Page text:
According to a report in the Journal of the American Medical Association on a Chicago Housing for Health Partnership program that links hospitals working for the homeless and chronically ill patients, the results are quite encouraging. The organization works on an unfortunate and a common situation of ill homeless people who after being discharged from hospitals, end up on the streets and with no regular health care that lead to their health deterioration.
The report informs that stabilizing these patients with regular help could result in fewer medical crises and without them returning to hospitals frequently. This was amply proved even at home care for homeless in Canada.
In a study conducted at Stroger Hospital and Mt. Sinai Hospital in Chicago, over 400 homeless individuals were recruited with some kind of chronic medical conditions and they had participated to test the validity of the hypothesis.
Half of these individuals were assigned to an intervention group. These people were provided with housing and were also provided help by social workers. The other half were provided with “usual care” and were discharged to a respite centre or a shelter.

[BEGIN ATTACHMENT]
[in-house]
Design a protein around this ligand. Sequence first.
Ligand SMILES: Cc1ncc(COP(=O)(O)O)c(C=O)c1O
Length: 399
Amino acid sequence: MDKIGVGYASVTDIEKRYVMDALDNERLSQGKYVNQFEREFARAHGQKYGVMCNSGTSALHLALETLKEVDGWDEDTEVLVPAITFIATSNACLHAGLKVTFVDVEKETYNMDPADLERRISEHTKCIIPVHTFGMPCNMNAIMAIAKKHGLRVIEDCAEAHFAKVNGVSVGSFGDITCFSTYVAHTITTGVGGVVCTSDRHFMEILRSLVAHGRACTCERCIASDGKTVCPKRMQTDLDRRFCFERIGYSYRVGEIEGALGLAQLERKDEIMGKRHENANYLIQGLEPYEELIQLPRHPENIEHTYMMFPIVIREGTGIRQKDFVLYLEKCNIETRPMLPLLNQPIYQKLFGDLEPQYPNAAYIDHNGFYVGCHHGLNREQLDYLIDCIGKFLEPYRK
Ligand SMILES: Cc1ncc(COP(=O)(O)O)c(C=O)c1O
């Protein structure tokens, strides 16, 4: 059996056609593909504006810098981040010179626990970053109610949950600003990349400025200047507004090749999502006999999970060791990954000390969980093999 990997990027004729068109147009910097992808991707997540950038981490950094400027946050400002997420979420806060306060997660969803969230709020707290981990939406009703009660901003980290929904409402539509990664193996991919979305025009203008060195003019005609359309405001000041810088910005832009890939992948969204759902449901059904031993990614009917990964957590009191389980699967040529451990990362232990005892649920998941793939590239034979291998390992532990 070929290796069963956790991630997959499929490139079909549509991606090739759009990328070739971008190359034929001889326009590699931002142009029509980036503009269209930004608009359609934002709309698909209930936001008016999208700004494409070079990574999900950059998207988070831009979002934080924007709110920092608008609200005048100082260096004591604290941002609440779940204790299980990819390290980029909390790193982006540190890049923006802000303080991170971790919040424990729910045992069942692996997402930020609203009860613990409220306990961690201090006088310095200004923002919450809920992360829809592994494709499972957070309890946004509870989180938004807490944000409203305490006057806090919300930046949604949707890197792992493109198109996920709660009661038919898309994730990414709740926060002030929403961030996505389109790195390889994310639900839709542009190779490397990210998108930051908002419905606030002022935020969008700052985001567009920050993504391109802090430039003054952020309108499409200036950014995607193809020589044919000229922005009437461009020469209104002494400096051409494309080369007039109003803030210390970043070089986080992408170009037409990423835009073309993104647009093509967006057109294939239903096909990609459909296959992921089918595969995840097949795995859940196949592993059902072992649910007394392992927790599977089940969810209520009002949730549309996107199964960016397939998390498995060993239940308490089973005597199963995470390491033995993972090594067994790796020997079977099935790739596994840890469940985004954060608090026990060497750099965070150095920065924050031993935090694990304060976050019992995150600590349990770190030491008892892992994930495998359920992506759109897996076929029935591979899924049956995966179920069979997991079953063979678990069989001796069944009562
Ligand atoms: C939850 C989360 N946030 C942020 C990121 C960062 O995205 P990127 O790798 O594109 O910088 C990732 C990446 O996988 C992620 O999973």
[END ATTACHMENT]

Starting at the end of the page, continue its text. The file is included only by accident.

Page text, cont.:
The study found that there were significant benefits of intervention. The homeless people who received assistance had fewer visits to the emergency department as well as 29 percent fewer hospitalizations at the end of the study period.
That means, the expected benefits come to 49 fewer hospitalization for every 100 homeless adults who were provided assistance as well as 270 fewer hospital days while the figure for emergency department visits were 116 lower.
The report reveals that people get attached to primary care with stable housing and are better positioned to follow the medical advices given.
It is also found for the homeless people at home care for homeless in Toronto find a shelter to sleep and eat and also get regular medicines, there is no need for them to be in and out of hospitals or else from emergency rooms always.
As an example, the report cited the case of Sam, a middle-aged homeless man who had arthritis, gout and cirrhosis of the liver and was involved in the study, often waking up “disoriented and dizzy” earlier than usual and kept drinking till he came across Stroger Hospital. There a social worker asked him to enroll in the study that he told was the turning point in his life. Soon he forgot his miseries that he underwent beforehand as he got an apartment and got regular health care. Now he does not drink anymore and is leading a healthy lifestyle.
The program is still in progress as the authorities find it bringing such a sea change in the life of the homeless people.